Anzac Bay at Bowentown and Waiheke Island; Anzac Peaks near Aoraki / Mount Cook

World War One through place names. Anzac Bay at Bowentown, at Waiheke Island, and near Aoraki/Mount Cook.

Royal Guard of Honour marches into ANZAC Square during the National Commemorative Service in Wellington.
Anzac Bay, Bowentown. Credit: Sue Baker Wilson

Anzac Bay, Bowentown

This feature name resulted from several initiatives taken by local bodies. During a September 1915 meeting of the Katikati Domain Board, it was observed that the steep ascent from the beach at St George’s Bay closely resembled that at the bay on the Gallipoli Peninsula where Australian and New Zealand forces had landed on 25 April. The Board, therefore, proposed that St George’s Bay should be retitled Anzac Bay.

The Tauranga Harbour Board then took up this suggestion. Its members resolved that renaming the Bay after the Australian and New Zealand Army Corps would be a fitting ‘commemoration of our heroic boys and their fellow soldiers’. During November 1915, local dignitary George Vesey Stewart wrote to Tauranga MP William Herries requesting that the change be granted legislative approval.

In the event, it was decided not to wait for official permission. On 6 January 1916, a ceremony was held to ‘christen’ the Bay and open its new jetty and shelter shed, with both the Mayor of Tauranga and the Mayor of Waihi in attendance. Given that it took place only eight months after the original landings, this renaming was one of the first measures adopted in New Zealand to commemorate those who served at Gallipoli.

However, efforts at a governmental level ended in disappointment. Repeated entreaties from Stewart and Herries were turned down by the Lands Department, which refused to sanction the use of Anzac Bay on the grounds that a Māori name would be more appropriate. A further approach made to Prime Minister William Massey received a noncommittal reply.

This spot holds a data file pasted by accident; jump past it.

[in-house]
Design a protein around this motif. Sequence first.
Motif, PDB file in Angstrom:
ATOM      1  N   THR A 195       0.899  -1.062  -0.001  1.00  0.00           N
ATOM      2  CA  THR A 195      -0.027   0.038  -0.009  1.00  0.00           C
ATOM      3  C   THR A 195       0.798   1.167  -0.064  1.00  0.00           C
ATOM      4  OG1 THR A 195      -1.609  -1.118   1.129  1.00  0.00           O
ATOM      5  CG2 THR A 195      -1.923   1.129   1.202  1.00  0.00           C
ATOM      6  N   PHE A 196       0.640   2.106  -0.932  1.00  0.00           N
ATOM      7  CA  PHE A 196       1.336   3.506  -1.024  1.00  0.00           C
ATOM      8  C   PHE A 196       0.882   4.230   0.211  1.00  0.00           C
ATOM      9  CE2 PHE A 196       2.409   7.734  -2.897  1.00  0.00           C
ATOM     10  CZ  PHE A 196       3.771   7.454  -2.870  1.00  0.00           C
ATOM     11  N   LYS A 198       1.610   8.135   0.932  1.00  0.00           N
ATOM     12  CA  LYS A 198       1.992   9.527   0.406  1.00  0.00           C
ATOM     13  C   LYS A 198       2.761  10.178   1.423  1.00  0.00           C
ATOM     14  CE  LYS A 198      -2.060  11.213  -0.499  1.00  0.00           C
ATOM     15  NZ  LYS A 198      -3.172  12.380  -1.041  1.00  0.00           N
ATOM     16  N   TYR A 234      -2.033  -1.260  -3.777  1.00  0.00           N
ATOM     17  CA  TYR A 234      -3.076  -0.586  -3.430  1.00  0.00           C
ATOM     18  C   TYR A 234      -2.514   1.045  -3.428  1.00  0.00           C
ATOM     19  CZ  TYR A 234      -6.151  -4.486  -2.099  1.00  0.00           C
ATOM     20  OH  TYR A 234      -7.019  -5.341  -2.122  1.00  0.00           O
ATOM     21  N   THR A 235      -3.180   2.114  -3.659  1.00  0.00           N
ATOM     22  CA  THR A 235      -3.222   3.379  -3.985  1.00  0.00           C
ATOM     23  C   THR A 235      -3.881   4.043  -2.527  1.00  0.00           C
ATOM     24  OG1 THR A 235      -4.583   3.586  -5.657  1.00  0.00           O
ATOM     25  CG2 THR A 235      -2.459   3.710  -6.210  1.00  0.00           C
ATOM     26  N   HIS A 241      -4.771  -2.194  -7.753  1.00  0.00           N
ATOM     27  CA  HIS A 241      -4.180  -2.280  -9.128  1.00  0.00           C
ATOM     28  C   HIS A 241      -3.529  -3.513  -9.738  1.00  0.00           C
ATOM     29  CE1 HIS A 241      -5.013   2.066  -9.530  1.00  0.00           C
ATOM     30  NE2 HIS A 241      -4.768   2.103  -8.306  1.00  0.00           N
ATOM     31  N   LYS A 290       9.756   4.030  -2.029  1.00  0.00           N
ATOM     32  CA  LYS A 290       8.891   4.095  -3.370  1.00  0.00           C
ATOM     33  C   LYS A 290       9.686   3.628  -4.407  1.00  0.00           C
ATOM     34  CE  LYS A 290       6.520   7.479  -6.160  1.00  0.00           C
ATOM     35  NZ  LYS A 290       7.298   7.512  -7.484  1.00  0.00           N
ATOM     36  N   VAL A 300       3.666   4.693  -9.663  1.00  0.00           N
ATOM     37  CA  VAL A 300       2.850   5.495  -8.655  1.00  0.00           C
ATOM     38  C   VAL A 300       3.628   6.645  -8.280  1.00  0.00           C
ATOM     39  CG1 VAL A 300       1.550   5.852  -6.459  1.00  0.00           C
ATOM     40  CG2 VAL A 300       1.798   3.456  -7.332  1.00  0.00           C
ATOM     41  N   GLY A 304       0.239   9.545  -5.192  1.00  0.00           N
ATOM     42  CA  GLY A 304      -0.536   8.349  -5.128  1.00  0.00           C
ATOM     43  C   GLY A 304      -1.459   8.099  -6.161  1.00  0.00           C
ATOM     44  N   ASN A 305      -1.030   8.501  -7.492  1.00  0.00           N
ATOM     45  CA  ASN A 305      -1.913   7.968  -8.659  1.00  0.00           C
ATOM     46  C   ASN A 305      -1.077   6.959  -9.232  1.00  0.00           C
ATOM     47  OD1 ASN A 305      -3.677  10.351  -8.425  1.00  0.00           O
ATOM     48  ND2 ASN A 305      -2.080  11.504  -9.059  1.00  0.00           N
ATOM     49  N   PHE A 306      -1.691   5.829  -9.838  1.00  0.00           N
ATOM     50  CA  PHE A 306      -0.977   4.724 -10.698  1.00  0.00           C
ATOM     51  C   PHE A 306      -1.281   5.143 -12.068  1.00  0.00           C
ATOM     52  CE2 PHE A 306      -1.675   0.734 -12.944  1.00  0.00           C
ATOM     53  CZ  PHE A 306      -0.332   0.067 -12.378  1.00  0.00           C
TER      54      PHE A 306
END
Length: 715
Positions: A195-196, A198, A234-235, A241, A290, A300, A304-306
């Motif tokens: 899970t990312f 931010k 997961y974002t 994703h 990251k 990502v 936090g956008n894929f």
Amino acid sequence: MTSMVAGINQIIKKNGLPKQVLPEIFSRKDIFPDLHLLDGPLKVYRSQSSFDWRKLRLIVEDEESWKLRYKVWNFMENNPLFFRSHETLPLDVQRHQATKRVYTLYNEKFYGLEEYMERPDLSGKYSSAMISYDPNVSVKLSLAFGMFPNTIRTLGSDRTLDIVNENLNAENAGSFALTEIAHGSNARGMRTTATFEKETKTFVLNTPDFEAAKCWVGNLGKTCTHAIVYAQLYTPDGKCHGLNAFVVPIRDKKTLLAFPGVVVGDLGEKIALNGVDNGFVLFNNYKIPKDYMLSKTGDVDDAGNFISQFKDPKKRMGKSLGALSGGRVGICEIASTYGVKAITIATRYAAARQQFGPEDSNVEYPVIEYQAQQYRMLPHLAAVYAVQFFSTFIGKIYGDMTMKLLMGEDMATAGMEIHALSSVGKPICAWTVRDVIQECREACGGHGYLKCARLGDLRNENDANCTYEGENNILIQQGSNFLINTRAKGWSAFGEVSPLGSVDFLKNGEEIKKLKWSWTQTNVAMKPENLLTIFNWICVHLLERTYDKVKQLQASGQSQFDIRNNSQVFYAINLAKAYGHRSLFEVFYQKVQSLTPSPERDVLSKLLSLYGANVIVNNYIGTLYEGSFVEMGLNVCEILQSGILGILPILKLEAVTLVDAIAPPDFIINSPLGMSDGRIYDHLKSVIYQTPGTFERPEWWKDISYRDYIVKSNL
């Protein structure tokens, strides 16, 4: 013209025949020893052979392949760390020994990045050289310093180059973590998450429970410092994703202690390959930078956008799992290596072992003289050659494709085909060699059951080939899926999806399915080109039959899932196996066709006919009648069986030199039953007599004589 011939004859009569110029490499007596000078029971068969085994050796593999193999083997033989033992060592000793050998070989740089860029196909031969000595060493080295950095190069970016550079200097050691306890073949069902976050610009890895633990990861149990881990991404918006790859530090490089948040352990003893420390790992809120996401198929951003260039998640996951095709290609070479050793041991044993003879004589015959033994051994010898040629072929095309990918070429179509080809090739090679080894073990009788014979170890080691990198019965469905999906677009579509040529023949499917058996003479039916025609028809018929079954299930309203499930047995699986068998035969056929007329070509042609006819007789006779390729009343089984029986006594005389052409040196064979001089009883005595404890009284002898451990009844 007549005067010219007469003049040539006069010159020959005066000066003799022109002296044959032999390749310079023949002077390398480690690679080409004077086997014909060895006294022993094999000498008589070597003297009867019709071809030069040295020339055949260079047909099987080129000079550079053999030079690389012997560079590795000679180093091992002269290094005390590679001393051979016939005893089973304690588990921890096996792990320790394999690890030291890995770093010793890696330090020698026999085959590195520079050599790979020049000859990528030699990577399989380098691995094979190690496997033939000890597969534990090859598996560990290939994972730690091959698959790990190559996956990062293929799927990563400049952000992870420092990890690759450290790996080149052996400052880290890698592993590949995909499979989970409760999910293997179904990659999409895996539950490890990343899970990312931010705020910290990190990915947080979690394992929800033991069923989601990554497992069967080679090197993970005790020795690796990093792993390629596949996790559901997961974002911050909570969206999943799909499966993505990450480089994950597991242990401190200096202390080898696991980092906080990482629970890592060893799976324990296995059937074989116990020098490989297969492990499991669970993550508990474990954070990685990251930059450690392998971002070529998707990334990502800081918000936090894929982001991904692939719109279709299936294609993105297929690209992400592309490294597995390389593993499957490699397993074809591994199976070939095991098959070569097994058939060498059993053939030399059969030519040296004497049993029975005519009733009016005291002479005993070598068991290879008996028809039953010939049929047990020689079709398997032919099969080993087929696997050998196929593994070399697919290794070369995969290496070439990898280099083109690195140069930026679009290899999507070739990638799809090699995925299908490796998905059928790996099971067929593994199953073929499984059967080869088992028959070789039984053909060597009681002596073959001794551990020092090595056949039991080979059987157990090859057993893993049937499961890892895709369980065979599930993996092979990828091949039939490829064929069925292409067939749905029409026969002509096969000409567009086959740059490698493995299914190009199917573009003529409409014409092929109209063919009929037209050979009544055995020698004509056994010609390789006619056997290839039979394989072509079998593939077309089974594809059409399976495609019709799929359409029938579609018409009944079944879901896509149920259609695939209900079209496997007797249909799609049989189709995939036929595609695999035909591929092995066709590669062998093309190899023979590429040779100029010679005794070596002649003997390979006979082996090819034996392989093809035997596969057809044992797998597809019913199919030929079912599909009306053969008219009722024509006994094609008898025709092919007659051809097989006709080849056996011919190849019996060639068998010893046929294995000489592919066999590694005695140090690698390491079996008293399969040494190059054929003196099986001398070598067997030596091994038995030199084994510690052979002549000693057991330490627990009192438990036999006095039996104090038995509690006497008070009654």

References:

  • Bay of Plenty Times, 6 November 1915, p. 4; 11 November 1915, p. 2; 8 January 1916, p. 2; 26 February 1916, p. 4; 12 June 1916, p. 2.
  • New Zealand Geographic Board, ‘New Zealand Gazetteer’

Anzac Bay, Waiheke Island

The name of this feature commemorates the men and women of the Australian and New Zealand Army Corps. It was originally planned to call that unit the ‘Australasian Army Corps’, following the practice employed at several sporting events. However, soldiers of both nationalities were unwilling to surrender their separate identities. Although the exact origins of ‘ANZAC’ are unclear, it is widely believed that Sergeant K.M. Little, a headquarters clerk, developed the acronym after finding the full title too cumbersome to write down.

The Anzacs first saw action in 1915 when they played a significant role in Allied efforts to capture the Gallipoli Peninsula from Ottoman forces. By 1917, the re-organised I ANZAC Corps and II ANZAC Corps were both serving on the Western Front, while other ANZAC units were stationed in Egypt, Palestine, and Mesopotamia.

Anzac Bay appears on topographic map NZMS 260-S11, 1st edition, 1994, and on a survey plan, DP 73804, from 1974. Exactly when this name came into common use is unknown.

References:

Anzac Peaks, near Aoraki / Mount Cook

The English mountaineer Samuel Turner first scaled these two peaks on 6 February 1917. Despite achieving many notable feats during his career, including the first traverse of Aoraki/Mount Cook, Turner was a controversial figure. He was strongly disliked by many for his egotism and frequent attempts to downplay the efforts of other climbers.

The name Turner bestowed on these features was the ‘Anzacs’, which had become the common shorthand for referring to the men and women of the Australian and New Zealand Army Corps. It was originally planned to call that unit the ‘Australasian Army Corps’, following the practice employed at several sporting events. However, soldiers of both nationalities were unwilling to surrender their separate identities. Although the exact origins of ‘ANZAC’ are unclear, it is widely believed that Sergeant K.M. Little, a headquarters clerk, developed the acronym after finding the full title too cumbersome to write down.

The Anzacs first saw action in 1915, when they played a significant role in Allied efforts to capture the Gallipoli Peninsula from Ottoman forces. By 1917, the re-organised I ANZAC Corps and II ANZAC Corps were both serving on the Western Front, while other ANZAC units were stationed in Egypt, Palestine, and Mesopotamia.

Turner’s choice of the ‘Anzacs’ received initial sanction from the Ministry of Lands, but was quickly superseded by Anzac Peaks on most maps.

After an investigation, the New Zealand Geographic Board officially approved the name Anzac Peaks in 1947.

References:

  • Honorary Geographic Board of New Zealand: Correspondence, vol. 1, pp. 38-43.
  • Langton, Graham, ‘Samuel Turner: Climber and Egotist Supreme’, New Zealand Wilderness, May 2002, pp. 7-9.
  • New Zealand Geographic Board: Minutes, 1947 (90).
  • NZ History, ‘ANZAC Day: The Anzacs’